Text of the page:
This will create a .EXE file of ~45KiB when compiled without optimizations. Compile it again with Ngen.exe (Native Image Generator) and it becomes a whopping 104MiB!

This works due to how the CLR generic type system works. Each and every List<> in the above code will generate a new type declaration (normally through JIT compilation, but Ngen performs AOT compilation). So one type for List< int >, another for List< List< int > >, and so on. So for this code, a total of 5160 different generic lists will be created.

  • 1
    \$\begingroup\$ What you need is a script that will write your program. \$\endgroup\$
    – hildred
    Commented Dec 29, 2013 at 15:28
  • \$\begingroup\$ It's rather trivial to reduce the size of the program (by removing nesting levels of List). Can it be made so that you can't easily remove the repeating code without affecting program function? \$\endgroup\$
    – Vi.
    Commented Dec 29, 2013 at 22:56
  • \$\begingroup\$ Well of course you can just remove the nesting, but likewise, in the C example you could just remove a few #defines and make the program smaller. The way I interpreted the requirement that it can't be reduced in size, was that it can't be optimized away. If you're allowed to just modify the source code I don't quite see the point. :) \$\endgroup\$ Commented Dec 30, 2013 at 9:58
  • 2
    \$\begingroup\$ Although it should be noted that this can probably be optimized away, since the variable a is never used. \$\endgroup\$ Commented Dec 30, 2013 at 10:00


       05  FILLER OCCURS 11584 TIMES. 
           10  TEST-STRING          PIC X(11584). 
   01  FIRST-TIME-FLAG              PIC X VALUE "Y". 
   01  DISP-BEFORE-STRING     COMP  PIC 9(8). 
   01  LOOP-COUNTER           COMP  PIC 9(8). 
       05  FILLER OCCURS 0 TO 11584 TIMES 
           10  FILLER               PIC X. 
       05  THE-SUBSTRING            PIC X(12). 
   01  INITIAL-STRING               PIC X(12) 
                                     VALUE "HELLO WORLD!".
   01  STRING-PARAMETER             PIC X(11584). 
   01  THE-RESULT                   PIC X. 

       IF FIRST-TIME-FLAG = "Y"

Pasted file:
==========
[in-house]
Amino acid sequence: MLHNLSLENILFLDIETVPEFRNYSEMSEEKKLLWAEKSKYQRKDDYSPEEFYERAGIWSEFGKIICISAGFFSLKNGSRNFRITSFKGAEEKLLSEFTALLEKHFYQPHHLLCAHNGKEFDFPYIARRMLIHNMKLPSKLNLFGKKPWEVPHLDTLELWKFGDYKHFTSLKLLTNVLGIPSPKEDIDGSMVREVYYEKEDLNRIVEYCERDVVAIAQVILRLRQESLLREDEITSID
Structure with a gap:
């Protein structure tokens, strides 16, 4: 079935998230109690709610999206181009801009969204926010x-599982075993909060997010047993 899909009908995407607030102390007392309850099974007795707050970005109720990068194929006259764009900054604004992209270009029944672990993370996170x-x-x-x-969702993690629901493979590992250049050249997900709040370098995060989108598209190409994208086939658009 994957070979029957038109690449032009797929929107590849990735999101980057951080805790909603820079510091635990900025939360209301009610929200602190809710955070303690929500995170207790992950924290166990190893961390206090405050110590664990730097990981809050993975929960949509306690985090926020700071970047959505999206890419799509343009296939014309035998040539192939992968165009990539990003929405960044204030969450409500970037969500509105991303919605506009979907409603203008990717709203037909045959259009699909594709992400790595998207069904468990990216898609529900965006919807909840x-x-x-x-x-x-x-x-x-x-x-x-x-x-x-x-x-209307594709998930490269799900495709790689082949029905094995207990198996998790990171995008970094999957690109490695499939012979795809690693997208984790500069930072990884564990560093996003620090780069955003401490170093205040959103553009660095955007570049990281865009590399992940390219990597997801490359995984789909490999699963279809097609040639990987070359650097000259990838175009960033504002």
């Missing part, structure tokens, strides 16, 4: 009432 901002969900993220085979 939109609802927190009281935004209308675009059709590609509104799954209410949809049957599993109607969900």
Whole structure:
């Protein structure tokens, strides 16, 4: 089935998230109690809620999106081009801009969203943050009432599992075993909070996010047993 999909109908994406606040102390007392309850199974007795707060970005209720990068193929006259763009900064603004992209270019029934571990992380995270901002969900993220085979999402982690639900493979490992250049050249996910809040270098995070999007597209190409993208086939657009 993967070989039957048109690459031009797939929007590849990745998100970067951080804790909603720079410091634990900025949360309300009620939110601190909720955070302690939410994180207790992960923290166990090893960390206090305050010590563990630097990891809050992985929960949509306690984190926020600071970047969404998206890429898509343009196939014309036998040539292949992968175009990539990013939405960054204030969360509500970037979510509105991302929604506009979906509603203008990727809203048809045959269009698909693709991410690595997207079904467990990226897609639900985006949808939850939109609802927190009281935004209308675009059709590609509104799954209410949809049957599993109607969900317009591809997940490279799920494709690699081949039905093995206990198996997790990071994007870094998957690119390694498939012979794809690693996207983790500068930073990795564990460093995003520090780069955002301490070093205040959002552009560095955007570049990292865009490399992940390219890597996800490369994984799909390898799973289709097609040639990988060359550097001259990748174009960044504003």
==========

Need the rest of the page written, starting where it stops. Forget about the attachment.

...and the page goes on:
PERFORM                  SET-UP-STRINGS 
         VARYING                    LOOP-COUNTER 
         FROM                       1 
           BY                       1 
         UNTIL                      LOOP-COUNTER 
           GREATER THAN 11584 
             EQUAL TO               TEST-STRING 
                                        ( LOOP-COUNTER ) 
           MOVE "Y"                TO THE-RESULT 
           MOVE "N"                TO THE-RESULT 
         VARYING                    LOOP-COUNTER 
         FROM                       0 
           BY                       1 
         UNTIL                      LOOP-COUNTER 
           EQUAL TO 11584 
           MOVE 11584               TO DISP-BEFORE-STRING 
           MOVE SPACE               TO START-STRING 
                                        ( LOOP-COUNTER + 1 )
       MOVE "N"                     TO FIRST-TIME-FLAG 

A little knowledge can be a dangerous thing.

It can be faster to do one large compare than a lot of small compares; IBM's Enterprise COBOL (up to Version 4.2) can have a maximum WORKING-STORAGE of 128MB (Version 5.0 can have 2GB); LOCAL-STORAGE offers a further 128MB if you need more space.

The task is to confirm that a 11584-byte piece of storage has the value "HELLO WORLD!" somewhere, and the rest is space.

The, fictitious, programmer decides to write a sub-program for this (just in case it is needed elsewhere), and to include their high-performance technique (bonus).

The programmer calculates that 11584 * 11584 is 128MB, so uses WORKING-STORAGE for a huge table, and LOCAL-STORAGE for everything else that is needed.

The programmer codes it up, and smiles knowingly to themselves when the compile is clean. They were right about the 128MB.

Tests the code. It works. Possibly a little slow, but there's a heavy load on machine. Smiles again, thinking how slow it would be if coded without their level of expert knowledge.

The WORKING-STORAGE comes in at 134,189,056 bytes, and there's a good few bytes of other stuff as well. Should be large enough.

The reality is that doing a long compare instead of a short compare, as implemented here, is a very slow way to do it.

Even slower, the LOCAL-STORAGE, which is initialised by run-time routines every time a sub-program is called, causes the entire 128MB to be set up for each CALL.

The programmer was just plain wrong about the size of the table, there is enough room without using LOCAL-STORAGE. Long compares can beat short compares, but only when the actual number of compares is reduced.

I considered swapping the LOCAL-STORAGE and WORKING-STORAGE around, it is just far less likely someone would code it that way round, so I didn't. Putting a VALUE SPACE on the table (if it had been in LOCAL-STORAGE) would have initilised the table twice on each CALL, so even slower.

The Bloat can't be removed, without rewriting the program. Most of the code is bad, though there is one useful technique.

This is not a real-life example, but I can imagine someone doing it, if that someone is clever enough :-)